Whenever I read a poem that moves me, I know I’m not alone in the world
I often used NPR’s This I Believe program and materials when I taught middle school. The essays, full of powerful ideas, helped students understand how to speak with their own voices and develop experiences with specific examples.
Here, poet Gregory Orr from The University of Virginia talks about why he writes and reads poetry.
like puffy paint, snow leaves float on tall lattes
perfect rosettes atop dark caramel
it’s what they do, draw freely in large, brown mugs
I wait for my almond-milk chai, watching them
pour art in the corner coffee shop,
wishing my cup, too, came with a gift
“I don’t know that people ought to bother. I think that poetry is one of those choices you make in life that’s … it’s not really susceptible to reasoning or arguments.”
But his reason is MY reason: “Orr says he reads poetry because it helps him negotiate the world around him and understand his own feelings about that world.”
A friend recently shared the work of Virginia Hamilton Adair, who published her first of poetry when she was 83. Not that she didn’t publish poems in magazine and literary journals. She did. But according the Afterword by Robert Mezey, “she wished to write exactly what she pleased and how she pleased, and believed she could more easily enjoy that freedom outside the official literary world.” He writes more about her watching others struggle with desire for fame and recognition–and “how painful and corrosive both hunger and fame could be.”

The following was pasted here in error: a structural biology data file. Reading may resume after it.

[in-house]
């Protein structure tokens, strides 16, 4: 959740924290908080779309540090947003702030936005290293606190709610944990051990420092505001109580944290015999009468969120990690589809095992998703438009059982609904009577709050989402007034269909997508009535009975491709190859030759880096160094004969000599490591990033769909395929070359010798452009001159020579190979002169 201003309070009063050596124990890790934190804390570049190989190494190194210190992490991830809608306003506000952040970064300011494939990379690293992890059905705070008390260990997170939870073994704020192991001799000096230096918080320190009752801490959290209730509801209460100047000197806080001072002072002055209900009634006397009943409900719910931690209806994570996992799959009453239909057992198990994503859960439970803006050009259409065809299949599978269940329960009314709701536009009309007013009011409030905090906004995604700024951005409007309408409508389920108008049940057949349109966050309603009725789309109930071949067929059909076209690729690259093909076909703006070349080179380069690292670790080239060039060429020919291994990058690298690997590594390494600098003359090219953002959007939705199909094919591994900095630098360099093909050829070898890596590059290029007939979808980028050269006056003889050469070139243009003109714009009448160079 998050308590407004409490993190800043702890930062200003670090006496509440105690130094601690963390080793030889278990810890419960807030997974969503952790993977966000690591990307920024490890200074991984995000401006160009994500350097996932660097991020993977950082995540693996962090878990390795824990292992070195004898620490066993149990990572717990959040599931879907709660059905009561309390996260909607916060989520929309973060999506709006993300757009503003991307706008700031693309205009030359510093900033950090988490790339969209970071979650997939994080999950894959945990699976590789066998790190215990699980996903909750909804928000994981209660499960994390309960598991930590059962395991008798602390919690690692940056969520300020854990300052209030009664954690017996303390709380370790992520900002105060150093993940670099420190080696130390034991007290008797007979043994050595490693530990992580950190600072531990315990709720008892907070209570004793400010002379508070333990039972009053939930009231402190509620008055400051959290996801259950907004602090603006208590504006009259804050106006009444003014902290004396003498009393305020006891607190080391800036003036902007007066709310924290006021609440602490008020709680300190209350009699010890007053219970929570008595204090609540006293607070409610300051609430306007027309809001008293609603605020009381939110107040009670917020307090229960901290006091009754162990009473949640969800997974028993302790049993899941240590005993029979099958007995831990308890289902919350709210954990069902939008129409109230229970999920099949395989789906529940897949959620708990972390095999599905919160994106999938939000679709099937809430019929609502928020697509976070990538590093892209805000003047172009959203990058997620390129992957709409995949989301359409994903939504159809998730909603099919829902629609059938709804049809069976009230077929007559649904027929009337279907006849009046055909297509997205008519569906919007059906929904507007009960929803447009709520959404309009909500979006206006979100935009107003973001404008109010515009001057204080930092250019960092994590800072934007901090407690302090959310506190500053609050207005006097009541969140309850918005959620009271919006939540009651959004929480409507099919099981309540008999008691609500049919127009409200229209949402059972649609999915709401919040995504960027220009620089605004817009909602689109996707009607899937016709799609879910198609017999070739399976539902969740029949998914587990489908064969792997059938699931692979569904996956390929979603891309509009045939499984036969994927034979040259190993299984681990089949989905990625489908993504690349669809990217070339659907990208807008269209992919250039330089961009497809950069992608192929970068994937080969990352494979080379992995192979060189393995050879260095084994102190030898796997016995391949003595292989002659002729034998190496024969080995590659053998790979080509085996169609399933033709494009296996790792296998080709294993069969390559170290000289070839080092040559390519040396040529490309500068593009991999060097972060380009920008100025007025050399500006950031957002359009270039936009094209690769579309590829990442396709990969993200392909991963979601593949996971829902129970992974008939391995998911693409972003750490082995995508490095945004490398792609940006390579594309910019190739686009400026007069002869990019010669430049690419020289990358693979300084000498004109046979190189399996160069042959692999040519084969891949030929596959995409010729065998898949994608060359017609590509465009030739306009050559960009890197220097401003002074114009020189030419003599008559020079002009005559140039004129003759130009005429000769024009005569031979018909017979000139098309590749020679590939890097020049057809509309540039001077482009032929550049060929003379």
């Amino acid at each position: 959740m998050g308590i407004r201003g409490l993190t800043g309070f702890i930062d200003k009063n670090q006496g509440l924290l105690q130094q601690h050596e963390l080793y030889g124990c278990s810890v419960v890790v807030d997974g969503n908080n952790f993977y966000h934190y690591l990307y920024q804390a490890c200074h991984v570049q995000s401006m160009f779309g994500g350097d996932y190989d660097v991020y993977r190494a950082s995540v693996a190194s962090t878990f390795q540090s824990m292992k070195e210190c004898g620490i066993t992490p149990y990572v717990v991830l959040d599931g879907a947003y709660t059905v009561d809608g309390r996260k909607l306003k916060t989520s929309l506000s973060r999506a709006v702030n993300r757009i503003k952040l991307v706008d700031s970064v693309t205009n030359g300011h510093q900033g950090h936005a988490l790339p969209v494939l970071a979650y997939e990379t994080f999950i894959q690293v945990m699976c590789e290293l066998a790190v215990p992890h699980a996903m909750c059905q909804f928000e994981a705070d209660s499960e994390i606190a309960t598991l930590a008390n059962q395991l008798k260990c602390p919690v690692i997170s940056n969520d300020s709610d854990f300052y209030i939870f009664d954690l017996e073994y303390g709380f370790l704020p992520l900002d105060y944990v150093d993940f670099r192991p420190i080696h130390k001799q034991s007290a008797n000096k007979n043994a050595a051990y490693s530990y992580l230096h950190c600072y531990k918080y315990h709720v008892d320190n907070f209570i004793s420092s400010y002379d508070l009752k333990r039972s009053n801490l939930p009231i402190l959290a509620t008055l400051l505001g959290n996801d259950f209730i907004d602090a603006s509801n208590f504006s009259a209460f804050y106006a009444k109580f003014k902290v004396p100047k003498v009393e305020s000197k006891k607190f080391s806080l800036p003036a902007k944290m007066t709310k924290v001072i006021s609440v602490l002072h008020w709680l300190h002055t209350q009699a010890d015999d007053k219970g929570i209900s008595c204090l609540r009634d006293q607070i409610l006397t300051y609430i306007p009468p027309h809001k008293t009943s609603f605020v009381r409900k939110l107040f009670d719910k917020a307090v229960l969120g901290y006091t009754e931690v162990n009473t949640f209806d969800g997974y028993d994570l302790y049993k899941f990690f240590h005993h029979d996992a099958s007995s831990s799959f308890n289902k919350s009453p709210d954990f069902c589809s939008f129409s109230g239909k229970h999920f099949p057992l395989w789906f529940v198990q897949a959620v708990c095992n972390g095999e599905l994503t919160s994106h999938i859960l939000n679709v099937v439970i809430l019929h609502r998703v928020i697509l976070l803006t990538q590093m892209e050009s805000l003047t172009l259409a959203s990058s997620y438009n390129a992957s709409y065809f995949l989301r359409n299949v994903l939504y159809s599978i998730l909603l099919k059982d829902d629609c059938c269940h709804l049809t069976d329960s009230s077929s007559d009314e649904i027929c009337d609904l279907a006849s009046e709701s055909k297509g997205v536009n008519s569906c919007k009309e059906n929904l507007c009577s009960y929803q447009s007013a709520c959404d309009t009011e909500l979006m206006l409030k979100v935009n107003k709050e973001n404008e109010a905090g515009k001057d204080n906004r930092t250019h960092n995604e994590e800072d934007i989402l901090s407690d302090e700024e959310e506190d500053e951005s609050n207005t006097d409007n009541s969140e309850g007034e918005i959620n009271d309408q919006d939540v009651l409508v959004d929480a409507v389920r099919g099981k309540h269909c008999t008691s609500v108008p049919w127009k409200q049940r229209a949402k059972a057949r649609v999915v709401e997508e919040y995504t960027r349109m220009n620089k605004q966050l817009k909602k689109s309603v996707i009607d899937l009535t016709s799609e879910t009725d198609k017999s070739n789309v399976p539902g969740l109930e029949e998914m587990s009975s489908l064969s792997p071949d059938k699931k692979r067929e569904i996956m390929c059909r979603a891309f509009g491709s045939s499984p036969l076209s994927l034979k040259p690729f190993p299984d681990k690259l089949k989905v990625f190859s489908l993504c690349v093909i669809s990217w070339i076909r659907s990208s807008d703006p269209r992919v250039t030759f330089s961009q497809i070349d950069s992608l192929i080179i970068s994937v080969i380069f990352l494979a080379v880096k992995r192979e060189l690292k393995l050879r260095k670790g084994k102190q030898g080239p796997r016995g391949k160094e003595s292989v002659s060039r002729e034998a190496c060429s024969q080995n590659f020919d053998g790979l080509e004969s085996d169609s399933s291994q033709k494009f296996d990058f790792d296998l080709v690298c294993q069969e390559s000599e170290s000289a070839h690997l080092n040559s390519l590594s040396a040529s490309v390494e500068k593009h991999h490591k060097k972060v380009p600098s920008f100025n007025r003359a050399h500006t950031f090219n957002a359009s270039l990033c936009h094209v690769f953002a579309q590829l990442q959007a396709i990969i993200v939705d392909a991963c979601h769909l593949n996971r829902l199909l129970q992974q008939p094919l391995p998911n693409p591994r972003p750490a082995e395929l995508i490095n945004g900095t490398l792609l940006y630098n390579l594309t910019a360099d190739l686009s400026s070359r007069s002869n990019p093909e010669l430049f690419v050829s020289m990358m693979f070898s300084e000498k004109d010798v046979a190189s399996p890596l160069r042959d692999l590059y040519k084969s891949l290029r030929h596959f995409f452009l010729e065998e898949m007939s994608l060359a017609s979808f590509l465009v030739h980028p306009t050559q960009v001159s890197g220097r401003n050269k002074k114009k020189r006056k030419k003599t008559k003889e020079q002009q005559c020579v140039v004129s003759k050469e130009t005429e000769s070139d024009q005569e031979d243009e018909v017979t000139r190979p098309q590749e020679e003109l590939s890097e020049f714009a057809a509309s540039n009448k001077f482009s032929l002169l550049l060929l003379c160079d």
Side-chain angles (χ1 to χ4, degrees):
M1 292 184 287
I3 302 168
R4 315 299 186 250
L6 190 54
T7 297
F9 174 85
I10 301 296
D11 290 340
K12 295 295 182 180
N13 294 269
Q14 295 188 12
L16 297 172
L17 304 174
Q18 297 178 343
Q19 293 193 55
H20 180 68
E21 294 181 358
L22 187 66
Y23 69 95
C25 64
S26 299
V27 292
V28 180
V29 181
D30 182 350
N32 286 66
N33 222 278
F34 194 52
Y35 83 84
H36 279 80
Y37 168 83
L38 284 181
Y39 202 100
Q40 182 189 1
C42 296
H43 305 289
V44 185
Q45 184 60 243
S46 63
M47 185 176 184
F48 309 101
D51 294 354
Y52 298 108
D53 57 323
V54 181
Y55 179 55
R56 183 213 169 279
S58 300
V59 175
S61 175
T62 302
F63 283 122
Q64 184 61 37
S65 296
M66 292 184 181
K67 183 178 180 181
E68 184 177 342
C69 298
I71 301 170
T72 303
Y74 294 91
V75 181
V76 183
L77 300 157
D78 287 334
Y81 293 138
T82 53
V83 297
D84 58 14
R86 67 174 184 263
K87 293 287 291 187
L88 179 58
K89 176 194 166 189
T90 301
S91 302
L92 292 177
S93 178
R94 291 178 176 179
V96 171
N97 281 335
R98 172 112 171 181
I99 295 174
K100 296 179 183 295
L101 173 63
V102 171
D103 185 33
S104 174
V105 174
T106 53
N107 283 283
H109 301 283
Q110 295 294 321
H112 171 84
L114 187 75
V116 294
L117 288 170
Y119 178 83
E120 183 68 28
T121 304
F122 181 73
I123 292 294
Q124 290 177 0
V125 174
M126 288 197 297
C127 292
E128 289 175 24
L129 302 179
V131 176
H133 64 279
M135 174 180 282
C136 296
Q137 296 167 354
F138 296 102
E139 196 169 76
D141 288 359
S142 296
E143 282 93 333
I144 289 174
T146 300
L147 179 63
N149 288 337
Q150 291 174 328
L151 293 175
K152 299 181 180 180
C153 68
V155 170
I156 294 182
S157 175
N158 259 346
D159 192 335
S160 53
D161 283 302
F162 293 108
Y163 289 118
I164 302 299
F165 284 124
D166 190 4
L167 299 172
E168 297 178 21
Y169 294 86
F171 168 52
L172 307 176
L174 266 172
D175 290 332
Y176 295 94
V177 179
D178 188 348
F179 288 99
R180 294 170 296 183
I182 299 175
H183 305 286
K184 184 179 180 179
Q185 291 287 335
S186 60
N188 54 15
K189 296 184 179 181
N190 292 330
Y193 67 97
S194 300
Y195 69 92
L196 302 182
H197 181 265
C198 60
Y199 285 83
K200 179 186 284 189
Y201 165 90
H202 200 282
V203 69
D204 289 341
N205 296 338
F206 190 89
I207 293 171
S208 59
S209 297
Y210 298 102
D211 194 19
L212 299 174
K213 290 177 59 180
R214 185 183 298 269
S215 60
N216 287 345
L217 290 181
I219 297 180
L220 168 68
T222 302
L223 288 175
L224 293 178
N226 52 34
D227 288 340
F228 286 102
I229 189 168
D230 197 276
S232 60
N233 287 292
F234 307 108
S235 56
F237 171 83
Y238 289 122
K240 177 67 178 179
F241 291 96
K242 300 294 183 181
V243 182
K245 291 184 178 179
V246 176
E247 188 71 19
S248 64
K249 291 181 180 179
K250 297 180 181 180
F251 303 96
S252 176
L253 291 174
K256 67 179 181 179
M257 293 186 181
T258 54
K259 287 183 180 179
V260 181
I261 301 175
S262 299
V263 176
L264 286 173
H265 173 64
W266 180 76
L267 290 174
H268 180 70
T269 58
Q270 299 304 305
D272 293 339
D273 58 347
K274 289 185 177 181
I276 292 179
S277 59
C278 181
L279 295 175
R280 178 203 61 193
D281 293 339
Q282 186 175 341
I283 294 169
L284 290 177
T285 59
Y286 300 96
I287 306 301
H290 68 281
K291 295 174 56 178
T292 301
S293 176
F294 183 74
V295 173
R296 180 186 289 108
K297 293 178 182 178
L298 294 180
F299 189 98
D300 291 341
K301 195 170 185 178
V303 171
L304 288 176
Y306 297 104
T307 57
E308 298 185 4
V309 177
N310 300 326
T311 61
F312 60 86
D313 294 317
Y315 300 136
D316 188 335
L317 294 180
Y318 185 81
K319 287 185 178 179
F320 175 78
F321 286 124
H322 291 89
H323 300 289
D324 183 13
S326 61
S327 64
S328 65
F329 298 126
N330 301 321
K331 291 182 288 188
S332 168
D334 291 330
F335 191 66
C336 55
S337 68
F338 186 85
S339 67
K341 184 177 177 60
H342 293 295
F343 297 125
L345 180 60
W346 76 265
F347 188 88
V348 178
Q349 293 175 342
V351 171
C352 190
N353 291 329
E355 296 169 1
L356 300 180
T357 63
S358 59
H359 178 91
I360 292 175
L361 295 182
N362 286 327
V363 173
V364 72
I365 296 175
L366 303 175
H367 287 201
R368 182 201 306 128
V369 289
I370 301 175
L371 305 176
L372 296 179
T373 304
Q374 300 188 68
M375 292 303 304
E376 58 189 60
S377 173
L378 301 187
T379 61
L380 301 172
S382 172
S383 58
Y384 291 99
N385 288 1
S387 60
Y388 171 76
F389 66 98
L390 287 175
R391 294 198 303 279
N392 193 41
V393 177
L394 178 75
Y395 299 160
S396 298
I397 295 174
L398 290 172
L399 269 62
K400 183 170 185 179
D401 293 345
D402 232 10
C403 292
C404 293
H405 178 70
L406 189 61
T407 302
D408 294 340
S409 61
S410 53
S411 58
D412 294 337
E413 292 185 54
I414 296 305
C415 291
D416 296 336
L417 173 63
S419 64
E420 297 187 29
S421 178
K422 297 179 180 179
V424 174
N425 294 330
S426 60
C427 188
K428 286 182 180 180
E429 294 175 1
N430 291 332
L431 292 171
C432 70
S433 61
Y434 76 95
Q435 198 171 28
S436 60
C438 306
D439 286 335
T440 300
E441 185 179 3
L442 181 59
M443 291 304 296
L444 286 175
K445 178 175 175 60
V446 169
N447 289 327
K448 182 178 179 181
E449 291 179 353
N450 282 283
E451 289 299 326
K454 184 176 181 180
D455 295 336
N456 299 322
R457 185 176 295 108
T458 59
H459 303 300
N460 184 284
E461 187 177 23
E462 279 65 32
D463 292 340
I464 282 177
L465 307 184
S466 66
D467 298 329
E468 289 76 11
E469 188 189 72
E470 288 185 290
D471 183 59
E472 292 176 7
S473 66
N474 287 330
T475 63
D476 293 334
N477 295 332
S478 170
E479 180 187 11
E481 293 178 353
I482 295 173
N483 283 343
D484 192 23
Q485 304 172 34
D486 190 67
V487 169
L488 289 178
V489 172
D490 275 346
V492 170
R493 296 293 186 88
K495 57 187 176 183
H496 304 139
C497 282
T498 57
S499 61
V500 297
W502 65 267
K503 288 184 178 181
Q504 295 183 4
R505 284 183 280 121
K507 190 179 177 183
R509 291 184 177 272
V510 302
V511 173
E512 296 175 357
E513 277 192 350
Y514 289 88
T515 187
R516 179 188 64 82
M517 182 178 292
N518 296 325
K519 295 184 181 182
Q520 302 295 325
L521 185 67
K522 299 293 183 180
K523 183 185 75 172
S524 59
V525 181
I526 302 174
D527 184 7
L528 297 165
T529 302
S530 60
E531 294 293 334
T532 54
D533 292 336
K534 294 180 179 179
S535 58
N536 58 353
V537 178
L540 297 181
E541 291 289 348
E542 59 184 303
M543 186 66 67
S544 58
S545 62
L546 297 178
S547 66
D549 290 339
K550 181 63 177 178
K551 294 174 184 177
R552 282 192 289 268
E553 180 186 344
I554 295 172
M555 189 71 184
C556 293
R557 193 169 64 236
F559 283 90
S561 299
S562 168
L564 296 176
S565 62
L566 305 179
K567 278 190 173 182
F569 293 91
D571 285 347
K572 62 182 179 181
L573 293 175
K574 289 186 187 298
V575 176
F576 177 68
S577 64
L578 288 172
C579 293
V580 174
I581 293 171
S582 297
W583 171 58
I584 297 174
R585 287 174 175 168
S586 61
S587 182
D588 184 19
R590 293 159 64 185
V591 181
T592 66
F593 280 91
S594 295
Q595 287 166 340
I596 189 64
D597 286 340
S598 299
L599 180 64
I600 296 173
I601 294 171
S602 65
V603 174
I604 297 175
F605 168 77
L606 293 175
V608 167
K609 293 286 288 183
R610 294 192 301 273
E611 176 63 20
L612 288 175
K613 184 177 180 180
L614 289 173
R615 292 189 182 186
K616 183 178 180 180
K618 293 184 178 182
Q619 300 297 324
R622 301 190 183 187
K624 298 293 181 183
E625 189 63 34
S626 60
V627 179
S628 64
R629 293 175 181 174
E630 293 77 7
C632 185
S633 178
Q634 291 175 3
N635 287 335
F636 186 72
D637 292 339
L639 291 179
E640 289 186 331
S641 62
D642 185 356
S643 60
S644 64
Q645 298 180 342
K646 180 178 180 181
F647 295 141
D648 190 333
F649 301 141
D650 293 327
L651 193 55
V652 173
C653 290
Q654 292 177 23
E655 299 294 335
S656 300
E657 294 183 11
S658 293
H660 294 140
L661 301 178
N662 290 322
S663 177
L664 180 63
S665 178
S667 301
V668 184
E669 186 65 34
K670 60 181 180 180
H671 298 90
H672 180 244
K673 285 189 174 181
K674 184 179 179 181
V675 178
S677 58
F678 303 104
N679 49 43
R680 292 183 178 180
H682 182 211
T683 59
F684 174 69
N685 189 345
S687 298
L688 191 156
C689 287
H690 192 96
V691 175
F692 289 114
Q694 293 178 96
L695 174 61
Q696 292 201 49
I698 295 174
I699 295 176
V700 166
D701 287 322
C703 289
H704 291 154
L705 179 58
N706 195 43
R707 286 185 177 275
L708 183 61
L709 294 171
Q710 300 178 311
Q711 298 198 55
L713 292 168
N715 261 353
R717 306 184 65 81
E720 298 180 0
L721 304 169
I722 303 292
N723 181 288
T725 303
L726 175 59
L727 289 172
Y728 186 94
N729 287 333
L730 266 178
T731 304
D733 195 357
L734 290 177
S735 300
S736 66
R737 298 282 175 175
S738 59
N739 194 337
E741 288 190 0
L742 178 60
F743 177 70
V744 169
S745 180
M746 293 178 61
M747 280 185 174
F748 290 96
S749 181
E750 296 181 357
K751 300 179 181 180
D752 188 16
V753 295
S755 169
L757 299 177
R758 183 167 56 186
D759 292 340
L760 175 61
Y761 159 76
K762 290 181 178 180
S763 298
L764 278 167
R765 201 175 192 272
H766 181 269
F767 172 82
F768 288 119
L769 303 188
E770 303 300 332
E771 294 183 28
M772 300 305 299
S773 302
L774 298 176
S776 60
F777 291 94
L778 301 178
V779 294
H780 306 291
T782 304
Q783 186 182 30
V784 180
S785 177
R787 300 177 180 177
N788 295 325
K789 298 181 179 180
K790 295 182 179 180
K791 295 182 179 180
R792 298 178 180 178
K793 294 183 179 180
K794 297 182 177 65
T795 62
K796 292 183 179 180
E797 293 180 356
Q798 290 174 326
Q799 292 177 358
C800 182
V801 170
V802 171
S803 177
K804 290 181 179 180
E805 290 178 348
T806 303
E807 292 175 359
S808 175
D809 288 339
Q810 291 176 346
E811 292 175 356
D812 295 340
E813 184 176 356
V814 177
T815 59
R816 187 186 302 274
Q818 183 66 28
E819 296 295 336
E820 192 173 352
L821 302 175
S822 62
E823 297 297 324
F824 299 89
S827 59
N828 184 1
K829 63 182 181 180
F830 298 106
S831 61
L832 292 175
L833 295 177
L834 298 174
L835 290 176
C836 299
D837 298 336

She wanted none of it.
She lived a life of writing for the joy of writing, though she certainly had great loss and grief, for which poetry became balm and comfort.
There you are. Thanks, Seth, for sharing Virginia with me.